Some Near Southsiders were a little miffed, and more than a little confused, when they heard the news about the “boutique hotel.” Proposed by the Dulabi family, who owns the property, local architecture firm Bennett Benner Partners, and California-based development company BOND Partners, the Magnolia Boutique Hotel has full backing by City Councilmember Ann Zadeh and Near Southside Inc., the 21-year-old revitalization nonprofit.
Full backing or not, some Near Southsiders are claiming they have not been properly kept abreast of the developments related to the hotel, a five-story structure with 138 rooms and a parking garage slated for the corner of West Magnolia Avenue and South Henderson Street.
Nearby Ryan Place resident John Fitzgerald said development of the otherwise empty space, currently called Magnolia Micro-Park, is welcome, but his main concern is the hotel’s projected size and height.
“The buildings surrounding the [Magnolia Boutique Hotel] are three stories or less,” Fitzgerald said, referring to special form-based code guidelines that govern construction within the Near Southside.
Mike Brennan, planning director for Near Southside Inc., said there are two buildings on West Magnolia near the proposed hotel that are more than three stories in height — Magnolia Center (five) and Magnolia Medical Tower (six).
The code does allow for construction of six story buildings that meet specific requirements, but the code does not currently allow for the construction of hotels. The Dolabi family is seeking to revise the zoning laws to allow for construction of the hotel. A vote on the proposal by City Council is scheduled for 7 p.m. Tuesday, Jan. 24, at 1000 Throckmorton Street.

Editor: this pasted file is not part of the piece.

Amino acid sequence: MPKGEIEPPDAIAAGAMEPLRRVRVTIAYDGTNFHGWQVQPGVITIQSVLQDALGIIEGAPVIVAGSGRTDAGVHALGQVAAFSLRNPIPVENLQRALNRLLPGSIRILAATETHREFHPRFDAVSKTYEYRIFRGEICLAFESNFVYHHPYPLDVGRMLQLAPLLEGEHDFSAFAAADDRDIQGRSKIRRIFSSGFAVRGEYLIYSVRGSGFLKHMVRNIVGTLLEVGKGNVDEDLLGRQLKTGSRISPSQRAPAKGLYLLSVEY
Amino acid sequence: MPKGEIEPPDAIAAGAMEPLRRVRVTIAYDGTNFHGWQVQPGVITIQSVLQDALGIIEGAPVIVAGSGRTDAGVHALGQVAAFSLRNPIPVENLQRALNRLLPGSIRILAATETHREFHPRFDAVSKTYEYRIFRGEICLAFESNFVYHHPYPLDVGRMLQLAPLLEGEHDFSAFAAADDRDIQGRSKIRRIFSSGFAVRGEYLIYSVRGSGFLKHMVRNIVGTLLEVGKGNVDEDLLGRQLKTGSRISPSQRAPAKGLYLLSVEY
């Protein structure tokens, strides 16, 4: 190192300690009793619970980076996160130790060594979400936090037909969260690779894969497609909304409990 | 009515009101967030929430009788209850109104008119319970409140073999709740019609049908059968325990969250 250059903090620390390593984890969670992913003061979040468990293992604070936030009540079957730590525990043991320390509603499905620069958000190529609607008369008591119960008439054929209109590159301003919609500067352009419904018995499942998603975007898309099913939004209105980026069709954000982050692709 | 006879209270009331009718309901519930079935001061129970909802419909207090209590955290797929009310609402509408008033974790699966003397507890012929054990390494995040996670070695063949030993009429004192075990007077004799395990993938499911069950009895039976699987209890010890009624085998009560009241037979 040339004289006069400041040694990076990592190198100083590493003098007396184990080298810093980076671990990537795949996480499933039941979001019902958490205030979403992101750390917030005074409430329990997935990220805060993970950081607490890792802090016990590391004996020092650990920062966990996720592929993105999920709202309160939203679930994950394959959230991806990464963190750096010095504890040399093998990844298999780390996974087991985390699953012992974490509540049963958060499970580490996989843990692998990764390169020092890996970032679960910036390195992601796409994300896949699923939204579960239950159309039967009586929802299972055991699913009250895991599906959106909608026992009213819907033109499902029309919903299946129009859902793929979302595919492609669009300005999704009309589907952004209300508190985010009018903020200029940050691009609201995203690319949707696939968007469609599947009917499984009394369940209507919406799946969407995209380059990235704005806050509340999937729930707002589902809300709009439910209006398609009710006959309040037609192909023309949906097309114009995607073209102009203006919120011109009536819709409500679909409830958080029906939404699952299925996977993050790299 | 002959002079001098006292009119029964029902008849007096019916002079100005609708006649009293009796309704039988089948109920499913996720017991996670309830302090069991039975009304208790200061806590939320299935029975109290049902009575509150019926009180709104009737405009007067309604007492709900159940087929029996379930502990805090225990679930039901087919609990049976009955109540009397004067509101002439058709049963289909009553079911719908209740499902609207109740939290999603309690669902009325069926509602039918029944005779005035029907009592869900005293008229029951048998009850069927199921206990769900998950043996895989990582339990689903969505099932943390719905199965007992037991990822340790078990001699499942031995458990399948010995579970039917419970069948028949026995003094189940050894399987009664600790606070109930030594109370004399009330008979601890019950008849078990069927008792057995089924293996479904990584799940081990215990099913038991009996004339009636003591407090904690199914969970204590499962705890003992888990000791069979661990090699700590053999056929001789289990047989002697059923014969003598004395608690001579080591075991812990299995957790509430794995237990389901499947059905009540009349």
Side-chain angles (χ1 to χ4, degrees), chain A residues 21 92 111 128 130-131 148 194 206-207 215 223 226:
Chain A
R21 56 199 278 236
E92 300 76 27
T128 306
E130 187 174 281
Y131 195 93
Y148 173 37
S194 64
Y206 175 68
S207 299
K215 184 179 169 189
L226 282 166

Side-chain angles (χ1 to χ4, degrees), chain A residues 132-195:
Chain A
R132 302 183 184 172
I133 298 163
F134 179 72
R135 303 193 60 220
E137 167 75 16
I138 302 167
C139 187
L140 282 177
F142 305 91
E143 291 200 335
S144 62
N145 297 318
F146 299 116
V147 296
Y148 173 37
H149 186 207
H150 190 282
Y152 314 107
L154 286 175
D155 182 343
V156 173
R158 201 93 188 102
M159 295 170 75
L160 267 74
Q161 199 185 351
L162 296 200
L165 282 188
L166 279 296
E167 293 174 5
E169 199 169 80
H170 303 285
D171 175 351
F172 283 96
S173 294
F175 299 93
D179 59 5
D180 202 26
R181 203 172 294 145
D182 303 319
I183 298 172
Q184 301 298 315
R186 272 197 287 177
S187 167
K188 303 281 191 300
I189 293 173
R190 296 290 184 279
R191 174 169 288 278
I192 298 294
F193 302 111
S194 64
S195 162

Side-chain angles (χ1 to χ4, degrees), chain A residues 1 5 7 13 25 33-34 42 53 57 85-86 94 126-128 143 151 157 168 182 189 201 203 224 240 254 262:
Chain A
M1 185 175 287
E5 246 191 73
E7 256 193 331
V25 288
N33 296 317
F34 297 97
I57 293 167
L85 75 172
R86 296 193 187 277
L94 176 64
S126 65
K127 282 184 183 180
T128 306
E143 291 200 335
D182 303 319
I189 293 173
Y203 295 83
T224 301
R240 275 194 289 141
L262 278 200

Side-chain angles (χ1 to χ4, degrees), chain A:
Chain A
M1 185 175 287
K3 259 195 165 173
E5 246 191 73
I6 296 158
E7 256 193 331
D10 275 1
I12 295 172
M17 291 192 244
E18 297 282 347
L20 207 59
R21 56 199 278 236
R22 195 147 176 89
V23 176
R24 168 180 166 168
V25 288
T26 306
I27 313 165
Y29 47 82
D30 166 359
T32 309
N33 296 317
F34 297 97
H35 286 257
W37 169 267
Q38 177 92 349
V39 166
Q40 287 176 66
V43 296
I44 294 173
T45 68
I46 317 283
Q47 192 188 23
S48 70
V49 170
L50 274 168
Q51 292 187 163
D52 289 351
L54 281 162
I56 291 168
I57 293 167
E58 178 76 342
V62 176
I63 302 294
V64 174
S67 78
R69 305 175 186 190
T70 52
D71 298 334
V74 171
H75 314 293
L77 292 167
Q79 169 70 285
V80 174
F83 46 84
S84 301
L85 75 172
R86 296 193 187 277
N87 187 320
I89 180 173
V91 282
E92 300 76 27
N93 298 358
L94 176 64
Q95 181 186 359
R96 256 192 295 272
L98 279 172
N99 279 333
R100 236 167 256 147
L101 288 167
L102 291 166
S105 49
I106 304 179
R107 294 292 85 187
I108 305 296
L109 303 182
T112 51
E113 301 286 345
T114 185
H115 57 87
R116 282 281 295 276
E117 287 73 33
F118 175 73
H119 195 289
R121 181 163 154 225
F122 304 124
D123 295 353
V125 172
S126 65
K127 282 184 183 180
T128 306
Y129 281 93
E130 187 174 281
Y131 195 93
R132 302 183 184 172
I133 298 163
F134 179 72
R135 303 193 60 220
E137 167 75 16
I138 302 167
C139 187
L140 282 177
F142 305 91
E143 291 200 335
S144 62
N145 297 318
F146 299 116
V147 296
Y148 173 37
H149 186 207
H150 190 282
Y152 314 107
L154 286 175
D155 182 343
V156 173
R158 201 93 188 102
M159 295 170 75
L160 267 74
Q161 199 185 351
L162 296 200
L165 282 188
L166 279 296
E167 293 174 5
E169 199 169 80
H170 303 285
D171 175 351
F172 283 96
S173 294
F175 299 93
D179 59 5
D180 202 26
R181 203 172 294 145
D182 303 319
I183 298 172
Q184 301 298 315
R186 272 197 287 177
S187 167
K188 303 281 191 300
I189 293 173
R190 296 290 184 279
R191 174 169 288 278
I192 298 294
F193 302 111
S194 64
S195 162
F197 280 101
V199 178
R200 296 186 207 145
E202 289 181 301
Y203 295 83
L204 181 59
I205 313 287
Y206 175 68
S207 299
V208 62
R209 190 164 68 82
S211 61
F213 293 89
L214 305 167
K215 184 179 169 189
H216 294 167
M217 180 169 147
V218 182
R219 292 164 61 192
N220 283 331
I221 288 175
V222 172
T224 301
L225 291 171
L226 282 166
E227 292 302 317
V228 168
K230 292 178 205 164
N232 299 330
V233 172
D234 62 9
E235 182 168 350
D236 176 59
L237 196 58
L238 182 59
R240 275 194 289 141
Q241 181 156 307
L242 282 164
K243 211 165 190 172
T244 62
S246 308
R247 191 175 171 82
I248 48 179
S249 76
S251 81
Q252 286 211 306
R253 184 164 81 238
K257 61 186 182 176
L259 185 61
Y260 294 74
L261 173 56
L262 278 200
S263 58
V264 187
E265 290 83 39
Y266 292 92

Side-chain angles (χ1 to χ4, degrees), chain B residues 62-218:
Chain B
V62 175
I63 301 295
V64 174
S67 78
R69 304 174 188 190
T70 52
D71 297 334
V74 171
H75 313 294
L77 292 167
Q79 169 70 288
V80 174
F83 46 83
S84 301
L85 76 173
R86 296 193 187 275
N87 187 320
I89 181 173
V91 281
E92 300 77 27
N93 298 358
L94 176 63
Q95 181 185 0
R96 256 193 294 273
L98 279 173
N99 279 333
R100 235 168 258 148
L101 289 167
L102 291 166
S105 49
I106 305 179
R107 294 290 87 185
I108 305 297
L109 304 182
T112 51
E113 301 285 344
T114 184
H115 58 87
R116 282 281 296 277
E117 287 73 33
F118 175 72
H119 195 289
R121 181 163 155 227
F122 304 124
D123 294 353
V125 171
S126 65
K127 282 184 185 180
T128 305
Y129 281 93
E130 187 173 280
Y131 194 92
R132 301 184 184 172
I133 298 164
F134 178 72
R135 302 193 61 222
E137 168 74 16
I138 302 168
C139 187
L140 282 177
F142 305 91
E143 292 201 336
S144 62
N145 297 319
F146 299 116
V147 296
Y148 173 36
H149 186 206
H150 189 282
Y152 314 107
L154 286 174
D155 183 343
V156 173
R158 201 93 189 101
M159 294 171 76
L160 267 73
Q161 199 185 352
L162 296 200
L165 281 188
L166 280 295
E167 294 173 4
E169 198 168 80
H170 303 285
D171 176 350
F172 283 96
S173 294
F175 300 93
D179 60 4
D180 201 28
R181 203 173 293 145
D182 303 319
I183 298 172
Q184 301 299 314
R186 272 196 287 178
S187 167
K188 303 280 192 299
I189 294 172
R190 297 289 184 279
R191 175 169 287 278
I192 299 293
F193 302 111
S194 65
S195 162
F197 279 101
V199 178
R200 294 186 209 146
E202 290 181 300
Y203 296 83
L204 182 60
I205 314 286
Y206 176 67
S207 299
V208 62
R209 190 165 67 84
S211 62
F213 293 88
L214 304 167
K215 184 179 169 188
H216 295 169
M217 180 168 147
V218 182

“It’s a historic district,” Fitzgerald said. “Putting a brand new hotel in that’s going to tower over the other buildings isn’t going to fit in with the area.”
Plans for the hotel place the building near but not within the Fairmount National Historic District, a 340-acre neighborhood that is the closest neighborhood adjacent to West Magnolia Avenue.
Fitzgerald and dozens of Near Southsiders recently formed a volunteer group, Don’t Shade on Magnolia, with the aim of raising awareness of what Fitzgerald said is the potential negative impact of the boutique hotel. His group has several members scheduled to speak at the January 24 City Council meeting. His group is also pushing its cause through an online petition that currently has 322 supporters and a goal of reaching 500 individuals.
The project’s lead architect, Michael Bennett of Bennett Benner Partners, said his firm has made transparency and community engagement a priority.
“I think there was some surprise from the residents that a six-story building is permitted” in the Near Southside, he said. “We thought a lot about this project. We didn’t have to post [online renderings] of the hotel, but I want to get this on the table now. I’m not trying to pull the wool over anyone’s eyes.”
Many of the worries expressed by Near Southside residents, he said, are shared by his firm.
“It’s not in our interest if traffic [around the hotel] doesn’t flow well,” he said, referring to a top concern voiced by members of neighboring Historic Fairmount Neighborhood Association.
The hotel’s as-yet-unbuilt parking garage, to be leased from Near Southside Inc., will provide 150 to 170 public parking spaces to mitigate streetside parking problems, he said. The hotel is projected to employ 160 full-time staffers and contribute $25 million annually to Fort Worth’s economy, according to numbers provided by Bennett and Benner.
The boutique hotel has numerous design features that will help it blend in with the look and feel of West Magnolia Avenue, Bennett added.